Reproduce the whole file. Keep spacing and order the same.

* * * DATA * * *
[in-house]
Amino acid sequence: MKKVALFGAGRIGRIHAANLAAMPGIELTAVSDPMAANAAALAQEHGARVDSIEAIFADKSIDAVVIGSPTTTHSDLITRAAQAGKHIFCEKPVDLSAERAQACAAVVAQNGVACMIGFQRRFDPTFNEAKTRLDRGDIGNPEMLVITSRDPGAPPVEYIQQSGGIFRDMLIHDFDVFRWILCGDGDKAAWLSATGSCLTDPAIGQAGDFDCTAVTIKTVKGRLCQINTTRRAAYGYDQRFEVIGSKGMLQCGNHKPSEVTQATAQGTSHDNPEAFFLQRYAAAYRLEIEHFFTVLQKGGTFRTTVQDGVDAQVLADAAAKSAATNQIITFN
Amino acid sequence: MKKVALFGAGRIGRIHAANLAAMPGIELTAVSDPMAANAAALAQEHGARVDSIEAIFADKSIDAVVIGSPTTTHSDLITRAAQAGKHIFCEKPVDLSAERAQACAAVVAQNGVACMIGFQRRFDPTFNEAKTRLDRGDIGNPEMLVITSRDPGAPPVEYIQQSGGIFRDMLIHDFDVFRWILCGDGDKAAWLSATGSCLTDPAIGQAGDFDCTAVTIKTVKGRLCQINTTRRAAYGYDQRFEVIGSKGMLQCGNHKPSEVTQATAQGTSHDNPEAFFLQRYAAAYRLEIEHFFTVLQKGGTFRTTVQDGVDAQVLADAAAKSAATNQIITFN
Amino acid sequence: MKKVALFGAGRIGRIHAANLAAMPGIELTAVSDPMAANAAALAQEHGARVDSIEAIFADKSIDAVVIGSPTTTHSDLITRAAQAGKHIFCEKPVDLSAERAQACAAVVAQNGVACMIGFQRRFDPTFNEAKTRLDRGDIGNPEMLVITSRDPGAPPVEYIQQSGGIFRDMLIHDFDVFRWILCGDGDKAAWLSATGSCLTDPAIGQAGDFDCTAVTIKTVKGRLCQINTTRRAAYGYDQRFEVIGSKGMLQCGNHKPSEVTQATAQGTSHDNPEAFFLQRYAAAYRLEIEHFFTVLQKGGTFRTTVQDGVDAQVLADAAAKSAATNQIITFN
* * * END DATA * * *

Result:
[in-house]
Amino acid sequence: MKKVALFGAGRIGRIHAANLAAMPGIELTAVSDPMAANAAALAQEHGARVDSIEAIFADKSIDAVVIGSPTTTHSDLITRAAQAGKHIFCEKPVDLSAERAQACAAVVAQNGVACMIGFQRRFDPTFNEAKTRLDRGDIGNPEMLVITSRDPGAPPVEYIQQSGGIFRDMLIHDFDVFRWILCGDGDKAAWLSATGSCLTDPAIGQAGDFDCTAVTIKTVKGRLCQINTTRRAAYGYDQRFEVIGSKGMLQCGNHKPSEVTQATAQGTSHDNPEAFFLQRYAAAYRLEIEHFFTVLQKGGTFRTTVQDGVDAQVLADAAAKSAATNQIITFN
Amino acid sequence: MKKVALFGAGRIGRIHAANLAAMPGIELTAVSDPMAANAAALAQEHGARVDSIEAIFADKSIDAVVIGSPTTTHSDLITRAAQAGKHIFCEKPVDLSAERAQACAAVVAQNGVACMIGFQRRFDPTFNEAKTRLDRGDIGNPEMLVITSRDPGAPPVEYIQQSGGIFRDMLIHDFDVFRWILCGDGDKAAWLSATGSCLTDPAIGQAGDFDCTAVTIKTVKGRLCQINTTRRAAYGYDQRFEVIGSKGMLQCGNHKPSEVTQATAQGTSHDNPEAFFLQRYAAAYRLEIEHFFTVLQKGGTFRTTVQDGVDAQVLADAAAKSAATNQIITFN
Amino acid sequence: MKKVALFGAGRIGRIHAANLAAMPGIELTAVSDPMAANAAALAQEHGARVDSIEAIFADKSIDAVVIGSPTTTHSDLITRAAQAGKHIFCEKPVDLSAERAQACAAVVAQNGVACMIGFQRRFDPTFNEAKTRLDRGDIGNPEMLVITSRDPGAPPVEYIQQSGGIFRDMLIHDFDVFRWILCGDGDKAAWLSATGSCLTDPAIGQAGDFDCTAVTIKTVKGRLCQINTTRRAAYGYDQRFEVIGSKGMLQCGNHKPSEVTQATAQGTSHDNPEAFFLQRYAAAYRLEIEHFFTVLQKGGTFRTTVQDGVDAQVLADAAAKSAATNQIITFN